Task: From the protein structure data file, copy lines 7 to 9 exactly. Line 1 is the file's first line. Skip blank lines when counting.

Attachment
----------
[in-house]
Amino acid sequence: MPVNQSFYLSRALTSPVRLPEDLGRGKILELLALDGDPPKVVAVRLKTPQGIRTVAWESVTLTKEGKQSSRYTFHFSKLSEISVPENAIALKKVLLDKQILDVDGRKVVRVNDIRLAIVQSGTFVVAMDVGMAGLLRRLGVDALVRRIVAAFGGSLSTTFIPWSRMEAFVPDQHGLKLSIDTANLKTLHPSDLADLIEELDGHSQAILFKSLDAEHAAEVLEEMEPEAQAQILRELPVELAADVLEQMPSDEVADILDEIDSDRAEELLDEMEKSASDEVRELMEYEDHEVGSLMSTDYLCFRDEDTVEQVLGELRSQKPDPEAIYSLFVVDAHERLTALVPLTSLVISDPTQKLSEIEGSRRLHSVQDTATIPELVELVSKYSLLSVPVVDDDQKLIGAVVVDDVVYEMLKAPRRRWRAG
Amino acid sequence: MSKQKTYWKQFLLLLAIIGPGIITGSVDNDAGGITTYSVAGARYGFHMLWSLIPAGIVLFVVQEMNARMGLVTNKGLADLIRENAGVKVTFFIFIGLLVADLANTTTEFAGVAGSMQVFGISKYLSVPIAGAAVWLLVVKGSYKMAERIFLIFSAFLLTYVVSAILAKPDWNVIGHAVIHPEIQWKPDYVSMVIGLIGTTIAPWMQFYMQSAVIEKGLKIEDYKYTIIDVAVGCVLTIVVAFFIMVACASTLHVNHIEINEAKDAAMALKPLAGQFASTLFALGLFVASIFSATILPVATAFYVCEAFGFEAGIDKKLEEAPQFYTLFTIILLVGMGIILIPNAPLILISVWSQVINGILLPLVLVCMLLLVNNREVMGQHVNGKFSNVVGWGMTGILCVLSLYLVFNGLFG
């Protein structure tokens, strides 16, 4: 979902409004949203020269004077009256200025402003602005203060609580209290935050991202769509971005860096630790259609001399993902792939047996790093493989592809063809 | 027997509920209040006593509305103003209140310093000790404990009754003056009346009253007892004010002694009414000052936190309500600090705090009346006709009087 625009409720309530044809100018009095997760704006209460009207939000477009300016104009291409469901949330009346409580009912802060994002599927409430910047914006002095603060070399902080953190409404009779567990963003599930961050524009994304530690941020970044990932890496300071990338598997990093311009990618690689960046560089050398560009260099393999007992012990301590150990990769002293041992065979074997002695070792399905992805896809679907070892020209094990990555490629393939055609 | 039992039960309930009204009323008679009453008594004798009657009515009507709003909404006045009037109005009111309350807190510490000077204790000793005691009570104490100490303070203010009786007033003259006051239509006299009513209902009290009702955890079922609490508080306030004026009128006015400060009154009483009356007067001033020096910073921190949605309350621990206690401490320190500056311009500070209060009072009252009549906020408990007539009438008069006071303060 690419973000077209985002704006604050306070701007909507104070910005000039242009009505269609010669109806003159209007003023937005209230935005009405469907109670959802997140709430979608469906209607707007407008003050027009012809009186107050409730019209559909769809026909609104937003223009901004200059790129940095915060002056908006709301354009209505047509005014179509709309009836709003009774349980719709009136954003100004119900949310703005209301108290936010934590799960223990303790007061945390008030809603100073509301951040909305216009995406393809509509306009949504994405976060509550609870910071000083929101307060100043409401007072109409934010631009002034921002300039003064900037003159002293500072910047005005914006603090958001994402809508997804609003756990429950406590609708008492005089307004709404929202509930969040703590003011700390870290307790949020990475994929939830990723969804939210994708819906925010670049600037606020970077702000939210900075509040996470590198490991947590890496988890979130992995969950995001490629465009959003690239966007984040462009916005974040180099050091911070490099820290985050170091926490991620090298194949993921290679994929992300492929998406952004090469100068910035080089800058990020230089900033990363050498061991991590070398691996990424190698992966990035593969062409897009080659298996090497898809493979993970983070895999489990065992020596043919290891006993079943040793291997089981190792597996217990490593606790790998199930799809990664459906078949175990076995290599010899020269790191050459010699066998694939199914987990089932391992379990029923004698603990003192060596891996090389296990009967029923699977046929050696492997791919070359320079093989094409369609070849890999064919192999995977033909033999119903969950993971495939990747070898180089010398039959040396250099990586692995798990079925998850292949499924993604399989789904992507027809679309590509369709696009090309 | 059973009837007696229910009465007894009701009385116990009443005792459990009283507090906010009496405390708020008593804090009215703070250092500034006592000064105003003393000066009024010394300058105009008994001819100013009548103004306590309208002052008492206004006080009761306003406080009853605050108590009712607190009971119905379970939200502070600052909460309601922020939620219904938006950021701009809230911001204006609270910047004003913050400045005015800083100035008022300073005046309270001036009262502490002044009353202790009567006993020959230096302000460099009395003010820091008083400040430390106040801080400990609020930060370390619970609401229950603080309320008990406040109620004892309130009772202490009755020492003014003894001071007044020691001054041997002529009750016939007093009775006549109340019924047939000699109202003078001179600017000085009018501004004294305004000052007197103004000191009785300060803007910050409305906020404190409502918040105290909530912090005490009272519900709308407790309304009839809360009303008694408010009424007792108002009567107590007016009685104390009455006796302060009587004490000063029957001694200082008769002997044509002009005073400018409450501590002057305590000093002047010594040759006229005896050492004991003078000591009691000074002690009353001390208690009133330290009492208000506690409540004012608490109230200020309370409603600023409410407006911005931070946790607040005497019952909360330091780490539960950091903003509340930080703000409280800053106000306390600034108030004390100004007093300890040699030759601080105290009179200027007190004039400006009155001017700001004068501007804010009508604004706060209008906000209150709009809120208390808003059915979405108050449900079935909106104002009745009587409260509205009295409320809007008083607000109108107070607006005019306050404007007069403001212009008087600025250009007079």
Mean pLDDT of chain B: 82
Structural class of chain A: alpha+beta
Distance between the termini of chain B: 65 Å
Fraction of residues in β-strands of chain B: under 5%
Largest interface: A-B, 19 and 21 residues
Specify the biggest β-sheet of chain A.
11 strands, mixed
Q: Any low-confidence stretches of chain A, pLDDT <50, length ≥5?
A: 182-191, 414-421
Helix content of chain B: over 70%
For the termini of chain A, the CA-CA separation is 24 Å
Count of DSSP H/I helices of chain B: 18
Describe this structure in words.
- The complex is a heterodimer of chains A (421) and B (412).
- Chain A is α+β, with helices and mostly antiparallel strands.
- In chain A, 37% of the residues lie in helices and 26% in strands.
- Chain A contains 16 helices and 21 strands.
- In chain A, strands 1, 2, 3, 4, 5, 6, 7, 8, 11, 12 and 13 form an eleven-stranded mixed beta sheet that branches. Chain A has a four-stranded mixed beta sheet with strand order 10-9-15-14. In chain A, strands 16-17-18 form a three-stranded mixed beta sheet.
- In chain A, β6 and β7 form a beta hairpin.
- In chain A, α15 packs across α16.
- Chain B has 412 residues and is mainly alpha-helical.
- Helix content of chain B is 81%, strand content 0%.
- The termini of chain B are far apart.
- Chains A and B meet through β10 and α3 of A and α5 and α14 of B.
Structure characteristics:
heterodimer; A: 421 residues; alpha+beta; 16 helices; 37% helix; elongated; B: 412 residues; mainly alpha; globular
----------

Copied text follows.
Distance between the termini of chain B: 65 Å
Fraction of residues in β-strands of chain B: under 5%
Largest interface: A-B, 19 and 21 residues